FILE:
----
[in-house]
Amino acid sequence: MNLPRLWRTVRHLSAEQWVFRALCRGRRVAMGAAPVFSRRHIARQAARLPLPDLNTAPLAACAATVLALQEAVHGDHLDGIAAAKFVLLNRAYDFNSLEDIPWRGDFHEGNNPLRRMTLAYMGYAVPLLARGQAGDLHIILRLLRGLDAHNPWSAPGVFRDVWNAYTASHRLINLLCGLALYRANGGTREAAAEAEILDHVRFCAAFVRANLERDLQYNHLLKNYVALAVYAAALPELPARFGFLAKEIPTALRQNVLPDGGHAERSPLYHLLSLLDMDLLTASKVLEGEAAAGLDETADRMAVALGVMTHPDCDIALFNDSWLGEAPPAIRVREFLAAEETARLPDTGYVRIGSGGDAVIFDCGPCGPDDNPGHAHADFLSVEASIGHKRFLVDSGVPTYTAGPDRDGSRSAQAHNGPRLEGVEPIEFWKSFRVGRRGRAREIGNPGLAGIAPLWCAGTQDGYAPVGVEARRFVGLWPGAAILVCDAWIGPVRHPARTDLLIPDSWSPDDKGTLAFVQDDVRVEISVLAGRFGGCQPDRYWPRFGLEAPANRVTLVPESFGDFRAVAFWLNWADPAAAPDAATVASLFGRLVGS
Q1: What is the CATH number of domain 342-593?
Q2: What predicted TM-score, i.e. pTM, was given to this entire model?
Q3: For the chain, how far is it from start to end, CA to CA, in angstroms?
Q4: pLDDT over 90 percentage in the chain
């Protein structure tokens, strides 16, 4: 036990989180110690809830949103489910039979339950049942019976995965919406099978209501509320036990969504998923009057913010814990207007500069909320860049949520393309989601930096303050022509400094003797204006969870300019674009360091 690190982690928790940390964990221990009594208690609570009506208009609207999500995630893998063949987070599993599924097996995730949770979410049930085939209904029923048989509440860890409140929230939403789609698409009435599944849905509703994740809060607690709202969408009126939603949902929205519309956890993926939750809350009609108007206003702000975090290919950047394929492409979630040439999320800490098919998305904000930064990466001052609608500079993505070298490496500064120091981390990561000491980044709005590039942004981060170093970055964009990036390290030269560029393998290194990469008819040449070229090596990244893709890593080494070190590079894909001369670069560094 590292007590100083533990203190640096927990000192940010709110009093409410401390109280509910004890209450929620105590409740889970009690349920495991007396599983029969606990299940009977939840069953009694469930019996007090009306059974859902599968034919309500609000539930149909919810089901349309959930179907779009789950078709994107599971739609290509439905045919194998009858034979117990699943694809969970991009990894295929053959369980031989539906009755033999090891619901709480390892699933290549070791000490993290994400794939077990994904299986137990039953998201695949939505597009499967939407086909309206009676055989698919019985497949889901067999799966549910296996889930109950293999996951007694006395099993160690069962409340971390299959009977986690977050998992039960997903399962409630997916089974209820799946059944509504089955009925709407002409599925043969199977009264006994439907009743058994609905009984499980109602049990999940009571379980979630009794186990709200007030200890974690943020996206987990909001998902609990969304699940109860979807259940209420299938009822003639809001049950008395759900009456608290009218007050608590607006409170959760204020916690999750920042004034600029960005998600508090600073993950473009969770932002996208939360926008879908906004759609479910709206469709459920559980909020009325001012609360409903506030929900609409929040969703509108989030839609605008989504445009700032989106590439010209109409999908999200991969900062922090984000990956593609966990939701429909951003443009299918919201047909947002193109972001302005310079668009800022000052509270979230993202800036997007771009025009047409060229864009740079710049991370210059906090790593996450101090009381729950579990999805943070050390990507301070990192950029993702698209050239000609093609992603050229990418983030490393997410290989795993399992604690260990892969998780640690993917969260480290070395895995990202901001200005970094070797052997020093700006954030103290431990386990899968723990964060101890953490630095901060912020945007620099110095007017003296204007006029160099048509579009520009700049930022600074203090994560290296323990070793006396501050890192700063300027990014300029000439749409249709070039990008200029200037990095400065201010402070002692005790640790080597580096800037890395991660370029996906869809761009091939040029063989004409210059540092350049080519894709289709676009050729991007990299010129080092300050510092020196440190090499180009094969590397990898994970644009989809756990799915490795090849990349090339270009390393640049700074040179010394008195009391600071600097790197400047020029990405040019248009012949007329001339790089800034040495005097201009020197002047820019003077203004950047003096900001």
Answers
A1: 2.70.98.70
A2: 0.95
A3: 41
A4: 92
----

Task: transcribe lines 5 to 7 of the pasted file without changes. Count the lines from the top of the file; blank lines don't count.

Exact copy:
Q3: For the chain, how far is it from start to end, CA to CA, in angstroms?
Q4: pLDDT over 90 percentage in the chain
């Protein structure tokens, strides 16, 4: 036990989180110690809830949103489910039979339950049942019976995965919406099978209501509320036990969504998923009057913010814990207007500069909320860049949520393309989601930096303050022509400094003797204006969870300019674009360091 690190982690928790940390964990221990009594208690609570009506208009609207999500995630893998063949987070599993599924097996995730949770979410049930085939209904029923048989509440860890409140929230939403789609698409009435599944849905509703994740809060607690709202969408009126939603949902929205519309956890993926939750809350009609108007206003702000975090290919950047394929492409979630040439999320800490098919998305904000930064990466001052609608500079993505070298490496500064120091981390990561000491980044709005590039942004981060170093970055964009990036390290030269560029393998290194990469008819040449070229090596990244893709890593080494070190590079894909001369670069560094 590292007590100083533990203190640096927990000192940010709110009093409410401390109280509910004890209450929620105590409740889970009690349920495991007396599983029969606990299940009977939840069953009694469930019996007090009306059974859902599968034919309500609000539930149909919810089901349309959930179907779009789950078709994107599971739609290509439905045919194998009858034979117990699943694809969970991009990894295929053959369980031989539906009755033999090891619901709480390892699933290549070791000490993290994400794939077990994904299986137990039953998201695949939505597009499967939407086909309206009676055989698919019985497949889901067999799966549910296996889930109950293999996951007694006395099993160690069962409340971390299959009977986690977050998992039960997903399962409630997916089974209820799946059944509504089955009925709407002409599925043969199977009264006994439907009743058994609905009984499980109602049990999940009571379980979630009794186990709200007030200890974690943020996206987990909001998902609990969304699940109860979807259940209420299938009822003639809001049950008395759900009456608290009218007050608590607006409170959760204020916690999750920042004034600029960005998600508090600073993950473009969770932002996208939360926008879908906004759609479910709206469709459920559980909020009325001012609360409903506030929900609409929040969703509108989030839609605008989504445009700032989106590439010209109409999908999200991969900062922090984000990956593609966990939701429909951003443009299918919201047909947002193109972001302005310079668009800022000052509270979230993202800036997007771009025009047409060229864009740079710049991370210059906090790593996450101090009381729950579990999805943070050390990507301070990192950029993702698209050239000609093609992603050229990418983030490393997410290989795993399992604690260990892969998780640690993917969260480290070395895995990202901001200005970094070797052997020093700006954030103290431990386990899968723990964060101890953490630095901060912020945007620099110095007017003296204007006029160099048509579009520009700049930022600074203090994560290296323990070793006396501050890192700063300027990014300029000439749409249709070039990008200029200037990095400065201010402070002692005790640790080597580096800037890395991660370029996906869809761009091939040029063989004409210059540092350049080519894709289709676009050729991007990299010129080092300050510092020196440190090499180009094969590397990898994970644009989809756990799915490795090849990349090339270009390393640049700074040179010394008195009391600071600097790197400047020029990405040019248009012949007329001339790089800034040495005097201009020197002047820019003077203004950047003096900001």